Here by Richard McGuire Review

Comics Reviews Richard McGuire
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<i>Here</i> by Richard McGuire Review

Writer & Artist: Richard McGuire
Publisher: Pantheon
Release Date: December 9, 2014

Time is a flat circle, yo. That’s the tl;dr for Richard McGuire’s soft, thoughtful graphic novel, Here. The book showcases various events that have taken place at a very particular location over the course of history, constructed exclusively through 2-page spreads. An expansion of an idea Mcguire pursued many years ago in Art Spiegelman and Francoise Mouly’s comic anthology, Raw, this book takes 300 pages to explore the same story from myriad angles, rendered in Fairfield Porter-esque colors. If you’re looking for character development or a forceful narrative, by all means direct your attention elsewhere. McGuire’s goal is to make a point about the circularity of existence.

Most of the spreads feature a room in an old house, visited at its construction, destruction and many points between. Sometimes these spreads exist as a single panel expanded over two pages. More often, panels — each from a different time period — overlay upon the backdrop of the room, each panel labeled with the year in which it takes place. Echoes abound. The organization is thematic rather than linear. Moments of anger, love, playfulness and the like are correlated, having occurred over separate centuries (and, sometimes, millennia). A Tyrannosaurus rex stalks the same ground that, millions of years later, will play host to an American Indian couple getting it on in the forest; hundreds of years from that, a children’s birthday party will attend the same spot. The great flood will come again, but humanity will survive it. An undercurrent of resignation permeates this time-lapse epic. Do our tiny lives mean anything? Not really — not in the grand scheme of things, where nature is the head honcho and humans control very little.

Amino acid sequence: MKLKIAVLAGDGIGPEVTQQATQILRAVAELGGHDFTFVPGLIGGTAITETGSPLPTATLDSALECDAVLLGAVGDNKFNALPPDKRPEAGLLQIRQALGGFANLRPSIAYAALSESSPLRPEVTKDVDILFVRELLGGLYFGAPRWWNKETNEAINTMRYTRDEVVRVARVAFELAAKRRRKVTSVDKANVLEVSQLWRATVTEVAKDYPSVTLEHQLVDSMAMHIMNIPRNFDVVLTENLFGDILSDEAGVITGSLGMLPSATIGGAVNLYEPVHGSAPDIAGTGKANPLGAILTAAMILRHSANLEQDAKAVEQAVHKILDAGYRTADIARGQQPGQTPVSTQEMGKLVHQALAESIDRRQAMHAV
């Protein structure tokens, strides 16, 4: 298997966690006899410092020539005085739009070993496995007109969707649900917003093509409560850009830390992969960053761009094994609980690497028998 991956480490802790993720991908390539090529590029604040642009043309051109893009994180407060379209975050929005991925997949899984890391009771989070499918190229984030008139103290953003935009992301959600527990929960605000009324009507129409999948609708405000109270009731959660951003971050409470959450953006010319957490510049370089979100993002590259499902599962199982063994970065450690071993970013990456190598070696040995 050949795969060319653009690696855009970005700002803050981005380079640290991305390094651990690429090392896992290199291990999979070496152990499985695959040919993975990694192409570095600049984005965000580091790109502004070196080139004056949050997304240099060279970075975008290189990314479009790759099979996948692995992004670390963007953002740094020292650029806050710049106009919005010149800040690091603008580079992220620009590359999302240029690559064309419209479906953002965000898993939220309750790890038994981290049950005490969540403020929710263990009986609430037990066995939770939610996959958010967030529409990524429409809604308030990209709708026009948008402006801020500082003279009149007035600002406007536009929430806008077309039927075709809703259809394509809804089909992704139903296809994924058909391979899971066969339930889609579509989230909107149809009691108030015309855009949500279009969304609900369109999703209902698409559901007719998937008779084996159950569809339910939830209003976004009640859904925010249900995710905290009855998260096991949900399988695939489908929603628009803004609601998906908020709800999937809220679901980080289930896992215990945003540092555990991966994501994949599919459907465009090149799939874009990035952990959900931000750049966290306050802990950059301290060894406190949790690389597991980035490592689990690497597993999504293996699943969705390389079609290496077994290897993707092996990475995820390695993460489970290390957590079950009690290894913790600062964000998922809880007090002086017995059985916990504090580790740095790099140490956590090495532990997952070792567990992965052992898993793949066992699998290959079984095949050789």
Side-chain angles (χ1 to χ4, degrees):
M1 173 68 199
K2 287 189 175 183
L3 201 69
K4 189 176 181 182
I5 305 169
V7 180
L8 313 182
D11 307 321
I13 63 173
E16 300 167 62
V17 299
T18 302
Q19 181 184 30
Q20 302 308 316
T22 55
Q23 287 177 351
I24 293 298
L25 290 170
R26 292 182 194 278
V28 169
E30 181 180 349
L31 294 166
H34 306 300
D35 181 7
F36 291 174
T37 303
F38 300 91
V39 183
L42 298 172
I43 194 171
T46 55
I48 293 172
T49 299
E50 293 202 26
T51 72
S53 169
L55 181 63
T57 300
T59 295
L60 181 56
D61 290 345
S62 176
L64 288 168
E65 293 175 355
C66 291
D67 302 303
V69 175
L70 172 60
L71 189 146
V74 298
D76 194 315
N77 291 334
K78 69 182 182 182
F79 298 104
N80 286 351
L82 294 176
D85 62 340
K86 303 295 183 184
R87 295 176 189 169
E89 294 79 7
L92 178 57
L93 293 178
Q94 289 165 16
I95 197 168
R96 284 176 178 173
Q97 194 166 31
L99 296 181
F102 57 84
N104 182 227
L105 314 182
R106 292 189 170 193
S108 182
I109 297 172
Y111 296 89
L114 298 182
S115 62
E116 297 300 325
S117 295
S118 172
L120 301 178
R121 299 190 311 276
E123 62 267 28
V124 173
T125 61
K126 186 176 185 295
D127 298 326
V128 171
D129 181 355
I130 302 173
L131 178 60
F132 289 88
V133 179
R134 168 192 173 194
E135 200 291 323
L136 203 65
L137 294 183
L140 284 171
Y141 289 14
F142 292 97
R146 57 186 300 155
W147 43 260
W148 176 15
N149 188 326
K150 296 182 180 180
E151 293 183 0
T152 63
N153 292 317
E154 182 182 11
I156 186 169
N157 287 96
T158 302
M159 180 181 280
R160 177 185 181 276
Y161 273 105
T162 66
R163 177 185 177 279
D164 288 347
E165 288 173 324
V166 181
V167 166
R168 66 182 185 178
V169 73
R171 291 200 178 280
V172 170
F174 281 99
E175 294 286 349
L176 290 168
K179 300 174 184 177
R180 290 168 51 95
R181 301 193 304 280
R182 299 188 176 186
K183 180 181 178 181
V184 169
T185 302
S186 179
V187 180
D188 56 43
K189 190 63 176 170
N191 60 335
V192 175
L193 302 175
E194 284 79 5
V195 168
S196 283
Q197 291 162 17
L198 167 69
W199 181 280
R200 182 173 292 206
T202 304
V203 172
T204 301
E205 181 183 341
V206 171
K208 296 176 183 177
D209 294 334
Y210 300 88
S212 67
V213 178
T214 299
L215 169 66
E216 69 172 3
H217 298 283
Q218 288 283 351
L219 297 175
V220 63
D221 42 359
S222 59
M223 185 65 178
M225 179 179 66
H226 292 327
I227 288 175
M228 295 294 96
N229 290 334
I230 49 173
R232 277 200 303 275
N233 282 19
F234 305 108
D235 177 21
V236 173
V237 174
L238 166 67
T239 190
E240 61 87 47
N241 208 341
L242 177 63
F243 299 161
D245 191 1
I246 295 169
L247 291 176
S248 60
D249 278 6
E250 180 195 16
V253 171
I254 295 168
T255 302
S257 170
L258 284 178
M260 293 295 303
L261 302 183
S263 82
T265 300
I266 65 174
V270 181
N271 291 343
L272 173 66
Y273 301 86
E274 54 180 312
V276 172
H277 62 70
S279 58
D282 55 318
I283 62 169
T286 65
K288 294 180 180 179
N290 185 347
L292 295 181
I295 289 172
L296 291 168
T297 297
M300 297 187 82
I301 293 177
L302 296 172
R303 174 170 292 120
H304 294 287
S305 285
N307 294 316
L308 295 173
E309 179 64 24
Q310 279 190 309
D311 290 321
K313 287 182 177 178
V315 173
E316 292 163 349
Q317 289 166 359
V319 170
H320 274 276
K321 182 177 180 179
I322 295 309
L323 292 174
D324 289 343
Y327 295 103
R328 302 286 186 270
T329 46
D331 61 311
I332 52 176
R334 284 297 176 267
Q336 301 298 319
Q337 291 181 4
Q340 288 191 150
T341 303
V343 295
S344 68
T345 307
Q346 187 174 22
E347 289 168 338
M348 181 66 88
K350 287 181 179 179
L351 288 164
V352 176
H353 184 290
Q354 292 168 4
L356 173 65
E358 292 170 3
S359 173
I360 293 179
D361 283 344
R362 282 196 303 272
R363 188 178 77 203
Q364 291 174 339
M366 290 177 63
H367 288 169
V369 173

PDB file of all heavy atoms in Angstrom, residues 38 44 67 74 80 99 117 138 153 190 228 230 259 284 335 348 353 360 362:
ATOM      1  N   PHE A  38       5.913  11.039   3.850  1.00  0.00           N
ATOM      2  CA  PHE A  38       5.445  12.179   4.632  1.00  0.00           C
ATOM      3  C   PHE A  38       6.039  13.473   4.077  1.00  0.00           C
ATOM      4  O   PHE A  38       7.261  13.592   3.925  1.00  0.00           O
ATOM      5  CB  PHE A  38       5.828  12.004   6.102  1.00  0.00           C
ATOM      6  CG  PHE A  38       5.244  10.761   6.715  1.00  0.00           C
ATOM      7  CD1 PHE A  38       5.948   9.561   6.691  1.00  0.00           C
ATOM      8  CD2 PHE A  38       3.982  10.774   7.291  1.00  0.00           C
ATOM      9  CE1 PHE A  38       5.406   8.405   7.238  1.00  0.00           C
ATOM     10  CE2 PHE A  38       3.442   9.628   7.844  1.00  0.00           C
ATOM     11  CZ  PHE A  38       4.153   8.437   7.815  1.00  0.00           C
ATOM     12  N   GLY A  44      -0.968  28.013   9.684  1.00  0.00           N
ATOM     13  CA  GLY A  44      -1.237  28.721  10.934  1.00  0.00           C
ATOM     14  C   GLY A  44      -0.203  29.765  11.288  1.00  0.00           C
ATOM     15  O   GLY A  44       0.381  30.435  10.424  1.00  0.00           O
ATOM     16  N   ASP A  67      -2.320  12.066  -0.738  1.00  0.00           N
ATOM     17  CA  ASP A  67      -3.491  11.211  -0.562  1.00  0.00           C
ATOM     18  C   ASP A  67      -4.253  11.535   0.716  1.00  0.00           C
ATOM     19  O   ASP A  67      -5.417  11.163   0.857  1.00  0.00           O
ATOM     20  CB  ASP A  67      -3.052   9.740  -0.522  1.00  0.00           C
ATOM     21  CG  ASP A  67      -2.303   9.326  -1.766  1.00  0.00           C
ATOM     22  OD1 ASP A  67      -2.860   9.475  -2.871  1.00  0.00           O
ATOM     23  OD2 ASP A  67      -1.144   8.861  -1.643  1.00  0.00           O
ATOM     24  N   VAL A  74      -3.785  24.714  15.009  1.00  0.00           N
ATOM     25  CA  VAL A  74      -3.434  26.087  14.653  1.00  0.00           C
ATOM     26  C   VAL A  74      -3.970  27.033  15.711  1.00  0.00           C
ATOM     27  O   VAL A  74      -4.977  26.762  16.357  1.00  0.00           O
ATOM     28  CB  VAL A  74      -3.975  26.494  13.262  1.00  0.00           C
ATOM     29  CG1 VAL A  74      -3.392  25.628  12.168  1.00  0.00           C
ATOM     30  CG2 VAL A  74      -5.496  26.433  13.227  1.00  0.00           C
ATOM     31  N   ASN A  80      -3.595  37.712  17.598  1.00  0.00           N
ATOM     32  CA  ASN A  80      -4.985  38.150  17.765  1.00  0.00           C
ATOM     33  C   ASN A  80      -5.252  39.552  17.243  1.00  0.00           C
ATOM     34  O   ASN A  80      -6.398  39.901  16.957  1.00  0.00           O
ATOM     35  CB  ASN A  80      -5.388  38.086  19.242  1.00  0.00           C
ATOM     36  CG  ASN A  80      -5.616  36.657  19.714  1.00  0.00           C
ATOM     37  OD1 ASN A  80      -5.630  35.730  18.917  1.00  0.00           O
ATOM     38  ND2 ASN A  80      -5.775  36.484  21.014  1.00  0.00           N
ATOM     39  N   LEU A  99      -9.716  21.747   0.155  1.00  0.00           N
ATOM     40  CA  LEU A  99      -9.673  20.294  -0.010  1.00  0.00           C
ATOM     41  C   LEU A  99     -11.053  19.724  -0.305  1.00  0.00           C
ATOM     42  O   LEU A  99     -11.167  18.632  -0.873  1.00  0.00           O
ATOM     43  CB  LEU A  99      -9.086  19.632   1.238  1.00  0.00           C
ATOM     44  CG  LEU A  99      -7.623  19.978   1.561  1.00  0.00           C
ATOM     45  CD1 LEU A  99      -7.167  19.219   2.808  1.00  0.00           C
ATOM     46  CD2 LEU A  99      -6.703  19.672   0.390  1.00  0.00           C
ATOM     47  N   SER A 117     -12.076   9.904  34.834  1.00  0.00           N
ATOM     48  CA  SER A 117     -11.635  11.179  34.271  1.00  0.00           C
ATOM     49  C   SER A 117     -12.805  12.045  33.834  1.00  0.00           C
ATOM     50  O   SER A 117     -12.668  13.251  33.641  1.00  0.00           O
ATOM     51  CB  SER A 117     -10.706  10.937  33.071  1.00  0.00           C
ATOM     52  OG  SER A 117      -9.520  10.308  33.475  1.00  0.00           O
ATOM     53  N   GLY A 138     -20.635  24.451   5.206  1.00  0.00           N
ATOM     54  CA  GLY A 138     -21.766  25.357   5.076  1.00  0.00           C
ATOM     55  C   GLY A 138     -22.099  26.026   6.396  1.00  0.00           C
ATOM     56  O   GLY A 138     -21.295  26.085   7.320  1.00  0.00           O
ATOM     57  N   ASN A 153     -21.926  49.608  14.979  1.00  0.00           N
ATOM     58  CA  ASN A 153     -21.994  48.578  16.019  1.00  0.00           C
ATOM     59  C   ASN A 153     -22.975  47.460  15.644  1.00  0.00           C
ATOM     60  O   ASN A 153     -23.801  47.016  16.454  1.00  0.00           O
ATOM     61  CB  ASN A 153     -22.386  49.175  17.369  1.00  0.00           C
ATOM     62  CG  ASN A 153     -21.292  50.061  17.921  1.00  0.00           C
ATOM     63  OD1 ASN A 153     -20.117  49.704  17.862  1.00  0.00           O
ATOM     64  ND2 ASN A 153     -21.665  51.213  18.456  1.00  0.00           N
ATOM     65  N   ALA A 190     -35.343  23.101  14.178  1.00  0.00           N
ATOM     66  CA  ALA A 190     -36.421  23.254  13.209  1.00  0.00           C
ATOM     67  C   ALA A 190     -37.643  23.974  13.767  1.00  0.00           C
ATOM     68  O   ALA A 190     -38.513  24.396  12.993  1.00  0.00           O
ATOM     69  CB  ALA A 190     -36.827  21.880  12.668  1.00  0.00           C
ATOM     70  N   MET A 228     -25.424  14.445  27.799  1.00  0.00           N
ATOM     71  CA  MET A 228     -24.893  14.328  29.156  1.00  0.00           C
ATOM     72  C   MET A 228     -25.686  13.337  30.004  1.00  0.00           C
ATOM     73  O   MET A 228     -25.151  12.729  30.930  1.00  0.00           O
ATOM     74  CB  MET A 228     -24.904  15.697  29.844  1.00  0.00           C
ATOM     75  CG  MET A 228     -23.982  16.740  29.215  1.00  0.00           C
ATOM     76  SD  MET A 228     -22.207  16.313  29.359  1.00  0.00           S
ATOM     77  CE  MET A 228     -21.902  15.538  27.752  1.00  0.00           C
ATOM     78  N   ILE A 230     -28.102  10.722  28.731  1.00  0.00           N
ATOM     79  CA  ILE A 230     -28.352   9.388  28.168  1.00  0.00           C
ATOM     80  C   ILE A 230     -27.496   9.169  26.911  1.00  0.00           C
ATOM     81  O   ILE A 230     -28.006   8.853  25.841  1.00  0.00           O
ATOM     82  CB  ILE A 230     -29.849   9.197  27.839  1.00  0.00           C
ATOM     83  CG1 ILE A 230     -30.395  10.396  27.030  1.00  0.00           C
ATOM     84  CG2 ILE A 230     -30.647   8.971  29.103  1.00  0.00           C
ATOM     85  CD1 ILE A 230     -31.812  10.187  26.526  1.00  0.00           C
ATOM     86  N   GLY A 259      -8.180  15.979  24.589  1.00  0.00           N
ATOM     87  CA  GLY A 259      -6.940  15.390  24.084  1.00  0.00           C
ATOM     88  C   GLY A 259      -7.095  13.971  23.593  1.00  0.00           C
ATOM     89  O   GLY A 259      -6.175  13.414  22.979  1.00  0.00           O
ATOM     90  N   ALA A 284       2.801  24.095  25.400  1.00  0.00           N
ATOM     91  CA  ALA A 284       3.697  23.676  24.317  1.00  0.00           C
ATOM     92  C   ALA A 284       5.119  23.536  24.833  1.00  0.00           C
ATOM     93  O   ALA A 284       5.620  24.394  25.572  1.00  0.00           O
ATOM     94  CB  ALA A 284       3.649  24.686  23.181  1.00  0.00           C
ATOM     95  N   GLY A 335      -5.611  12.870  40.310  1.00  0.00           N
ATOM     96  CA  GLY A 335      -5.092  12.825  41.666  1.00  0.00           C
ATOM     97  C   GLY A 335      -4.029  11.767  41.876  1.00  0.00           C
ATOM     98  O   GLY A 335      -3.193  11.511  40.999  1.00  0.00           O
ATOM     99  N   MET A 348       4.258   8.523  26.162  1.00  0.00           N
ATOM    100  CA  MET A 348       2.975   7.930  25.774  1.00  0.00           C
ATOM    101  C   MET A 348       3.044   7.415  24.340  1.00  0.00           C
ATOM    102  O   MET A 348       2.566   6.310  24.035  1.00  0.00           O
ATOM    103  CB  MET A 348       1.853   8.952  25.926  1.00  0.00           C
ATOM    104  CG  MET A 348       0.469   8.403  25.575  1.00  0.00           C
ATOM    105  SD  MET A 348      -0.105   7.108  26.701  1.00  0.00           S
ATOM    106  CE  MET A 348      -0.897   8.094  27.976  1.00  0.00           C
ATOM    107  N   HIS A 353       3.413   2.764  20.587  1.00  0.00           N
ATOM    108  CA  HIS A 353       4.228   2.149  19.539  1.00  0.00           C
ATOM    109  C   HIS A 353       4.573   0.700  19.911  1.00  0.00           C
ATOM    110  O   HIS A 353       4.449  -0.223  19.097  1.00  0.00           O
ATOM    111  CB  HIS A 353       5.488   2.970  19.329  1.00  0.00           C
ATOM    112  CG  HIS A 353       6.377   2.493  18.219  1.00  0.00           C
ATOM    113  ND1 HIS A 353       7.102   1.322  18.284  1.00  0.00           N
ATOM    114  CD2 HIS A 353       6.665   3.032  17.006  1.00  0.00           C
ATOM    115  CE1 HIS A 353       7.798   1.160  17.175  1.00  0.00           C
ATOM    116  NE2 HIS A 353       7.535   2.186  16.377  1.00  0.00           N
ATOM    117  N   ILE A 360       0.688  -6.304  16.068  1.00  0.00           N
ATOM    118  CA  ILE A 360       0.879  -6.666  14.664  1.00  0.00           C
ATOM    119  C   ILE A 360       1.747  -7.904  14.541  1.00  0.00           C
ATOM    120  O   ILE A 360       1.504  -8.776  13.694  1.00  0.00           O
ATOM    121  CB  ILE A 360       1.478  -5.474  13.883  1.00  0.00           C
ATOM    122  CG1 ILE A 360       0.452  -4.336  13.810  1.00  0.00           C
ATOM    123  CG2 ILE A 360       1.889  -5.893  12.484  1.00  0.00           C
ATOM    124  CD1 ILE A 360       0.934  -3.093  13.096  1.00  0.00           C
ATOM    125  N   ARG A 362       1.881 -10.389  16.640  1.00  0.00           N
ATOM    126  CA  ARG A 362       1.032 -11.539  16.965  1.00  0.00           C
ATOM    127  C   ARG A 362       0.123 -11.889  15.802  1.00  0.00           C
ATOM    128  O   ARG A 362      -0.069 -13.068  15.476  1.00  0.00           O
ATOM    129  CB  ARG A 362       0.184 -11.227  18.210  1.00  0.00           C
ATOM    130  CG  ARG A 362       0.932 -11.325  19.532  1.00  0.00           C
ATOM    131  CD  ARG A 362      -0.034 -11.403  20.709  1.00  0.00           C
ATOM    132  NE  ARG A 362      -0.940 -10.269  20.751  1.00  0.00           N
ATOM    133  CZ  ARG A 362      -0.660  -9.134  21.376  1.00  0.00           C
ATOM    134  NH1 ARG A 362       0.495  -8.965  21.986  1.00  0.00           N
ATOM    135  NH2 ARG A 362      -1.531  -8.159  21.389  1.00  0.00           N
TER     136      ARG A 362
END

McGuire’s great achievement is constructing a metaphorical pair of 3D glasses. One lens shows the grand sweep of time, with humans only occupying a tiny part of what has happened and what will. The other lens takes a more charitable, ant’s-eye view, focusing on minutia and implying the importance of being present in the moment. Just because this, too, shall pass doesn’t mean it is worthless. There is great loveliness in the specific.

Could Here have focused more to establish individualities, rather than general concepts? Perhaps. The problem with a story that encompasses (and goes beyond) the history of the world is that little time exists for any one moment to make much of an impact, which is the point but also a weakness. One can easily speed through the book because it doesn’t make the reader slow down. This stands in contrast to Chris Ware’s attempts to explore similar material, which uses its form to force the reader to focus and unpack its content. Is there enough there there to reward reading Here like a devotional? Only time will tell.

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